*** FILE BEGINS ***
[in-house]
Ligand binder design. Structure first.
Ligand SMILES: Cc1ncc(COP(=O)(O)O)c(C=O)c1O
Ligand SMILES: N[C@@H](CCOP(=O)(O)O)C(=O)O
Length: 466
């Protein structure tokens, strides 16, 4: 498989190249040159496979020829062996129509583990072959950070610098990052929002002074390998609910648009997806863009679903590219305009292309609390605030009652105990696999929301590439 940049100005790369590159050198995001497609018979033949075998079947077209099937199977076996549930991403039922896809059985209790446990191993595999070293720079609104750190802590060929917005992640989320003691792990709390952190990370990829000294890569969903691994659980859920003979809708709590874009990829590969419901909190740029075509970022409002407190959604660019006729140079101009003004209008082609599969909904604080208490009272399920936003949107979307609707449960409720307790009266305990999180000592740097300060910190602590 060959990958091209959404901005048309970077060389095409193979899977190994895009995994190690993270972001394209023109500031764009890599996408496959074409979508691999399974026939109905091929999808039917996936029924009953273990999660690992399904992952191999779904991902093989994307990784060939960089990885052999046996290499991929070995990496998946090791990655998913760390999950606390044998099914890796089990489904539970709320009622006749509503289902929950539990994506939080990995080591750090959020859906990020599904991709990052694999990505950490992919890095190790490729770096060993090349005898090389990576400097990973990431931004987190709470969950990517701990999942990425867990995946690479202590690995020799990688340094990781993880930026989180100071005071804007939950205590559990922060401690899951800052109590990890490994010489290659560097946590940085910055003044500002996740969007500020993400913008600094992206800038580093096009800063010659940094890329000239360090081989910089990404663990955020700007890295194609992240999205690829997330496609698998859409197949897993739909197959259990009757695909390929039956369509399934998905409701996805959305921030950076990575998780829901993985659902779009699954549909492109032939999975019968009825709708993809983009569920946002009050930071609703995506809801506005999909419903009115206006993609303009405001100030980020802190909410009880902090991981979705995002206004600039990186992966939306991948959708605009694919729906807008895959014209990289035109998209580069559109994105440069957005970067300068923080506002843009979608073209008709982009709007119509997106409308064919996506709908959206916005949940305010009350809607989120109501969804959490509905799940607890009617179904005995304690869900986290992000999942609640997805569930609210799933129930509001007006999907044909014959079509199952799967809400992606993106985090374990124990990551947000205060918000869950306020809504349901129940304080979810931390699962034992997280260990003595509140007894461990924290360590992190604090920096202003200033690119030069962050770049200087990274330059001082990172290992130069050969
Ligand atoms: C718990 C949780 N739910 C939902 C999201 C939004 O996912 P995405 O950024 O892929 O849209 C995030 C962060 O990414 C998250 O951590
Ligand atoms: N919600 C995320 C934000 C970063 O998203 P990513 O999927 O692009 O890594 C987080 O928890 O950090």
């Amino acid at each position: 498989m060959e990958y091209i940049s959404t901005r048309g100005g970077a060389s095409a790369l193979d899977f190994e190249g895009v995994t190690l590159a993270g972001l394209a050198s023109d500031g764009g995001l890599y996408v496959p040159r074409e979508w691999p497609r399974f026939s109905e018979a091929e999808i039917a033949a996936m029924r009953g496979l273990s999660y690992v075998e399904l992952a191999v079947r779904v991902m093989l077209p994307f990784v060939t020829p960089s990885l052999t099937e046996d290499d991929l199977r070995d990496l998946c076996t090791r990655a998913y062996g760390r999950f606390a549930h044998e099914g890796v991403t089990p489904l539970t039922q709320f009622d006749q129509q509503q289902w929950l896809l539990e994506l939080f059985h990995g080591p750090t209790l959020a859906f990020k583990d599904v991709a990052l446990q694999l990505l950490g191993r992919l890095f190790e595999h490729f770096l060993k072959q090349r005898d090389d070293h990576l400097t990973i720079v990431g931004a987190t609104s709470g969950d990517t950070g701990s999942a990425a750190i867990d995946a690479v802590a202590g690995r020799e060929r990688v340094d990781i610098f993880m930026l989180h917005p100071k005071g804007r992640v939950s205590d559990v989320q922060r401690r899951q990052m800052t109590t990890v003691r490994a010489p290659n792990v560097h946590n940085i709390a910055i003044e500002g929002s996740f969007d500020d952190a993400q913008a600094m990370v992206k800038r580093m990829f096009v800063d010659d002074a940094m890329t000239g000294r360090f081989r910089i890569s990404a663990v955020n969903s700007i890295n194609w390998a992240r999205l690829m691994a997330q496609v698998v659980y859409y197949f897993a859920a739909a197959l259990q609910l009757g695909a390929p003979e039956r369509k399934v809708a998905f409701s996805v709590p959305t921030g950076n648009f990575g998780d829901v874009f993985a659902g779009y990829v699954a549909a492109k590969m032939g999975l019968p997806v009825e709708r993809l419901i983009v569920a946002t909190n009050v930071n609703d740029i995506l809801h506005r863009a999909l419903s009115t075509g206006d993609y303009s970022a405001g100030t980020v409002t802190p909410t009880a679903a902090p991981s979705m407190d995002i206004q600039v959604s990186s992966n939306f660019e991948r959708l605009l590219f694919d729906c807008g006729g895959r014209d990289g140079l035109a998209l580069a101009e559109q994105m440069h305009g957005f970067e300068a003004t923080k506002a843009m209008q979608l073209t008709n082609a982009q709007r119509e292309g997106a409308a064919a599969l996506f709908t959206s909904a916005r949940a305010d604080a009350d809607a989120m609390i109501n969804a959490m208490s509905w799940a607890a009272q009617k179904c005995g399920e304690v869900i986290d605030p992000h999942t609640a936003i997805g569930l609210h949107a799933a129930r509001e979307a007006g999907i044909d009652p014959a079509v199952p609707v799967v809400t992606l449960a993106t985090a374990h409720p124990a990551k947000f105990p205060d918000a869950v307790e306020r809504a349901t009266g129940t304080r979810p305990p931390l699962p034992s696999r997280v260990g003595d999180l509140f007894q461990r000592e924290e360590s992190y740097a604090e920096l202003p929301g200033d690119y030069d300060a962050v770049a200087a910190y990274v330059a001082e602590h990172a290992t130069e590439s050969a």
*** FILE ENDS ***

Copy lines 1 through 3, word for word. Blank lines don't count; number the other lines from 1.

[in-house]
Ligand binder design. Structure first.
Ligand SMILES: Cc1ncc(COP(=O)(O)O)c(C=O)c1O